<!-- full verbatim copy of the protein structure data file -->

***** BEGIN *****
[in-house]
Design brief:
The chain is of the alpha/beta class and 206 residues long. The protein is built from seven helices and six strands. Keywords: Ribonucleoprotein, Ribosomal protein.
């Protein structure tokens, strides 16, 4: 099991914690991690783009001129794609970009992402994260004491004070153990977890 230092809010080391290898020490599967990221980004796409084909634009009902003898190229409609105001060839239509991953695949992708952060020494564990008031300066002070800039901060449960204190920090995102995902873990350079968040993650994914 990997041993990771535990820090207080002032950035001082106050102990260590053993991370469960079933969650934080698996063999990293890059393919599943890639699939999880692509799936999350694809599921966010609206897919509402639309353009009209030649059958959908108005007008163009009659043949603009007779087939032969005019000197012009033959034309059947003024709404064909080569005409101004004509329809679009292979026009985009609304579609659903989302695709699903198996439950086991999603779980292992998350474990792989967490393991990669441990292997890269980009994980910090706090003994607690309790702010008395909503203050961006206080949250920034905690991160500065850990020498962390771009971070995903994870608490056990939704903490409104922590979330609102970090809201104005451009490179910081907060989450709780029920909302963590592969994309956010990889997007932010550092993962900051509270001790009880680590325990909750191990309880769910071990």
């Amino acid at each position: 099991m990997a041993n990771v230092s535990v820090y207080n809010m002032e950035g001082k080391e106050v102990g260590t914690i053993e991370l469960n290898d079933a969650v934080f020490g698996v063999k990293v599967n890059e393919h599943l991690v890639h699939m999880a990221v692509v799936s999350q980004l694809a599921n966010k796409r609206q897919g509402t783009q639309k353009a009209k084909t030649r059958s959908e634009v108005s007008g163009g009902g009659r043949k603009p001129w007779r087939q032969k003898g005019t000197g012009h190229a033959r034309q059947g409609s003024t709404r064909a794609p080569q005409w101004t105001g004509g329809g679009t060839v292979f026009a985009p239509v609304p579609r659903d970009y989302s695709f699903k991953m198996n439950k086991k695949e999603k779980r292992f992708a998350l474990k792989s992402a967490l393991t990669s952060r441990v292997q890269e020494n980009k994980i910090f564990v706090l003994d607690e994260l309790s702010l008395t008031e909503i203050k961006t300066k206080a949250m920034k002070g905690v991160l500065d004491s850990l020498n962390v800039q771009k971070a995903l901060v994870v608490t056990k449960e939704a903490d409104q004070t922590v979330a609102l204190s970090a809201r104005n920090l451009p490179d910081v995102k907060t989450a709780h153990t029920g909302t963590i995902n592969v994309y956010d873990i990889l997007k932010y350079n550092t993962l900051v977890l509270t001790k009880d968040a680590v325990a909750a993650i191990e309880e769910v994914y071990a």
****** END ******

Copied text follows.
[in-house]
Design brief:
The chain is of the alpha/beta class and 206 residues long. The protein is built from seven helices and six strands. Keywords: Ribonucleoprotein, Ribosomal protein.
């Protein structure tokens, strides 16, 4: 099991914690991690783009001129794609970009992402994260004491004070153990977890 230092809010080391290898020490599967990221980004796409084909634009009902003898190229409609105001060839239509991953695949992708952060020494564990008031300066002070800039901060449960204190920090995102995902873990350079968040993650994914 990997041993990771535990820090207080002032950035001082106050102990260590053993991370469960079933969650934080698996063999990293890059393919599943890639699939999880692509799936999350694809599921966010609206897919509402639309353009009209030649059958959908108005007008163009009659043949603009007779087939032969005019000197012009033959034309059947003024709404064909080569005409101004004509329809679009292979026009985009609304579609659903989302695709699903198996439950086991999603779980292992998350474990792989967490393991990669441990292997890269980009994980910090706090003994607690309790702010008395909503203050961006206080949250920034905690991160500065850990020498962390771009971070995903994870608490056990939704903490409104922590979330609102970090809201104005451009490179910081907060989450709780029920909302963590592969994309956010990889997007932010550092993962900051509270001790009880680590325990909750191990309880769910071990």
């Amino acid at each position: 099991m990997a041993n990771v230092s535990v820090y207080n809010m002032e950035g001082k080391e106050v102990g260590t914690i053993e991370l469960n290898d079933a969650v934080f020490g698996v063999k990293v599967n890059e393919h599943l991690v890639h699939m999880a990221v692509v799936s999350q980004l694809a599921n966010k796409r609206q897919g509402t783009q639309k353009a009209k084909t030649r059958s959908e634009v108005s007008g163009g009902g009659r043949k603009p001129w007779r087939q032969k003898g005019t000197g012009h190229a033959r034309q059947g409609s003024t709404r064909a794609p080569q005409w101004t105001g004509g329809g679009t060839v292979f026009a985009p239509v609304p579609r659903d970009y989302s695709f699903k991953m198996n439950k086991k695949e999603k779980r292992f992708a998350l474990k792989s992402a967490l393991t990669s952060r441990v292997q890269e020494n980009k994980i910090f564990v706090l003994d607690e994260l309790s702010l008395t008031e909503i203050k961006t300066k206080a949250m920034k002070g905690v991160l500065d004491s850990l020498n962390v800039q771009k971070a995903l901060v994870v608490t056990k449960e939704a903490d409104q004070t922590v979330a609102l204190s970090a809201r104005n920090l451009p490179d910081v995102k907060t989450a709780h153990t029920g909302t963590i995902n592969v994309y956010d873990i990889l997007k932010y350079n550092t993962l900051v977890l509270t001790k009880d968040a680590v325990a909750a993650i191990e309880e769910v994914y071990a």